3. Testimony: Testimony means a formal written or spoken statement given in a court of law. When a witness discloses or proclaims, specific facts known to him to the judiciary is called a testimony.

The oldest form of evidence, witness testimony, is a statement of what a person saw or knows. This declaration can be truthful or corrupted. The UAE evidence law has a procedure related to witness testimony in the court but doesn’t have a process to test the veracity of the testimony. Federal law number 10 of 1992 of the Law of Evidence prescribes that the complainant must prove his claim with appropriate deposition while the accused can negate the claim with apposite evidence. The witness’s testimony plays an essential part in identifying the innocent and guilty parties and serving fair justice to the litigants.

4. Acknowledgment: An acknowledgment is defined as accepting the truth or a legal declaration of one’s act. If a litigating party admits or agrees to the other party’s allegations during the trial in the court of law, this admission is called judicial acknowledgment. However, if the admission occurs outside the court of law, such an admission is called extrajudicial admission.

5. Oath: An oath is defined as a solemn, spoken pledge to the god in the court of law to tell, attest or affirm the truth. A witness swearing the oath shall make a statement or declaration about what he beholds and believes to be true morally and ethically.

The civil transaction law (Article 117) states that the evidence is on the plaintiff while the oath is on the defendant, who denies the evidence. In civil cases, a party may propose the oath to the other party while the other party can tender it back. When the opposing party agrees to be sworn by the oath, the party tendering the oath may not withdraw. The judge may disapprove of granting the oath if the party proposes the oath frivolously. If a witness denies swearing an oath or declines testifying or answering after swearing the oath, he shall be subject to penalty.

In criminal cases, not swearing an oath shall nullify the testimony of a witness.

6. Inspection and experience: A tribunal may assign any of its judges to survey, inspect and examine the subject matter or the object of the litigation. The delegation for investigation may be voluntary or upon the request of one of the litigating parties. The deputed judge shall make a detailed report to mention the facts discovered upon the inspection.

7. Expertise: The court may appoint one or more specialists to have their perspective and opinion on crucial matters for determining the case’s verdict. A government official or a legal expert is assigned the job. The representative expert evaluates the documents, meets and discusses the case with disputing parties, and may visit their premises. Based on his investigation and observation, the expert prepares the report to the best of his knowledge and submits it to the court. The court relies on the report to identify and understand the expert issues and decide a plan of action based on the report’s conclusions and recommendations.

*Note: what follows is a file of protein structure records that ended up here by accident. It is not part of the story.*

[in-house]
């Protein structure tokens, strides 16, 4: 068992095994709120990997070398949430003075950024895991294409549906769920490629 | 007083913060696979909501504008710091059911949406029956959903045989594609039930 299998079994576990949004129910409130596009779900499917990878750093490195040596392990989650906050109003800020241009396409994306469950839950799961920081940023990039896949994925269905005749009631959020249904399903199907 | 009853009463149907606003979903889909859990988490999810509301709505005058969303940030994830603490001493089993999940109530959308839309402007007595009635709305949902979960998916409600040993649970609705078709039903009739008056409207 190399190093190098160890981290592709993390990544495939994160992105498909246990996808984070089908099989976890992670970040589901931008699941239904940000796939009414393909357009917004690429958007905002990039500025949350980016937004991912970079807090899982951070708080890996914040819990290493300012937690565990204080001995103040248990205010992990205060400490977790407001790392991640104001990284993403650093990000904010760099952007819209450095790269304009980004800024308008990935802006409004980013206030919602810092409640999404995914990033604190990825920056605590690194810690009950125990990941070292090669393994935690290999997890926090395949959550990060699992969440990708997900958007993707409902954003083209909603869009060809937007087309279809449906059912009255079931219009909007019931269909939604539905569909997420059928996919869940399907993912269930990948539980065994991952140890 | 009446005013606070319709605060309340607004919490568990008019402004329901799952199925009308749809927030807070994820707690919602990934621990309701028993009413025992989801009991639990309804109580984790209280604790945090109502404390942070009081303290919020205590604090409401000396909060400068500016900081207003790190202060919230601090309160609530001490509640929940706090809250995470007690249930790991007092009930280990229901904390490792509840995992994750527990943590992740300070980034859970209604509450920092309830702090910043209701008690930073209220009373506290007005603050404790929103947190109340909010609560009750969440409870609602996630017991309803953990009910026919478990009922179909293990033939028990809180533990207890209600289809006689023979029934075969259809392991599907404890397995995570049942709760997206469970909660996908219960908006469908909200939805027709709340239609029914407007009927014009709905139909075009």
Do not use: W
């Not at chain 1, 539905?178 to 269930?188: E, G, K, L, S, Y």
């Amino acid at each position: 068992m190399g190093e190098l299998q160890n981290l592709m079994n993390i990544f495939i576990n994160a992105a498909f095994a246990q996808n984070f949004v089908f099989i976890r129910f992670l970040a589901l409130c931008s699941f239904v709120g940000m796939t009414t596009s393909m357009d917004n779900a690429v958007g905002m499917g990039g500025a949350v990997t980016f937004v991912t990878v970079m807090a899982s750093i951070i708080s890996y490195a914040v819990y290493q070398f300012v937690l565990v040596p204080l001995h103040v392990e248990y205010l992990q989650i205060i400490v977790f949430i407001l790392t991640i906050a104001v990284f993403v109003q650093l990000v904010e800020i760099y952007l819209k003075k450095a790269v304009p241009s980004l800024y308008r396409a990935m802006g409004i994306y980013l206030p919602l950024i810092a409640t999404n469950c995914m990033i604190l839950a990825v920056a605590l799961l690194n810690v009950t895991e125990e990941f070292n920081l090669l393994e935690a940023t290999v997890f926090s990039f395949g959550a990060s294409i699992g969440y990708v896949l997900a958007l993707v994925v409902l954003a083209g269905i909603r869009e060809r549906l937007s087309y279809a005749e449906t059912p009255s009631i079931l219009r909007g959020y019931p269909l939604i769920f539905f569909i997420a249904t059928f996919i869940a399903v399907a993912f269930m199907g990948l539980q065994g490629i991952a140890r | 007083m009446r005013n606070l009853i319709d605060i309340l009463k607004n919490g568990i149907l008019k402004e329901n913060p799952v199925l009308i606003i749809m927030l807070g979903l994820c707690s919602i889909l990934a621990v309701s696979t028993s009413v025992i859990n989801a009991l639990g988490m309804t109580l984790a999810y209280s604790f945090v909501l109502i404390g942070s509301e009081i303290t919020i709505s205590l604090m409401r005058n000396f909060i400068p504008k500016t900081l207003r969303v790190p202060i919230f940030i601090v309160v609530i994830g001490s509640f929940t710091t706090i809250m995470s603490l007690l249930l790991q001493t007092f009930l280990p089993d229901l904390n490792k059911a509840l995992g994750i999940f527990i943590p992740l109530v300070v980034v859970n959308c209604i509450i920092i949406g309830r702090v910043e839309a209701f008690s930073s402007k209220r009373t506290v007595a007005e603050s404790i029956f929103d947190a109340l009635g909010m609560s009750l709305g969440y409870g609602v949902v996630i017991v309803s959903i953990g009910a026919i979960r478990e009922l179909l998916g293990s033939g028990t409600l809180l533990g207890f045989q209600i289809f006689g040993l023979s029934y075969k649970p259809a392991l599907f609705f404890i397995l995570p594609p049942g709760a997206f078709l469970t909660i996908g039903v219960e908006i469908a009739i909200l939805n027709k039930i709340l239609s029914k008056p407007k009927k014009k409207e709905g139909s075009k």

Conditions for substantiating evidence

UAE Evidence Law states that to prove litigation, one must implement rules and procedures for the evidence to be considered correct. The conditions for the litigation to be proven are:

  • There is an ambiguity about the contract- when a contract doesn’t indicate what it is.
  • Conflict of duty or right – when parties to the contract disagree about a particular right, privilege, or power.
  • Irrelevant facts are unacceptable- the facts to be proven must be admissible and tend to prove or disapprove the dispute in the proceeding.
  • Incidents that are permissible to prove – any incident that disrupts the public order is barred from litigation.


The Law of Evidence is one of the essential laws of the UAE. Evidence law prescribes the manner of presenting the evidence, sets the qualifications and the privilege of witnesses, and an approach to examining them.

It is of utmost importance to furnish a matter of fact to a legal tribunal, in a civil or a criminal lawsuit. Without evidence, any allegation or demand in a court of law is regarded as baseless. Our legal advisors can help you bring together the evidence through legally established methods to convince the UAE court of law of the facts and proofs. Our legal experts also prepare for any cross-examination from the competent tribunal and the opposing party. We endeavour to use every tooth and nail to achieve results in favour of our client.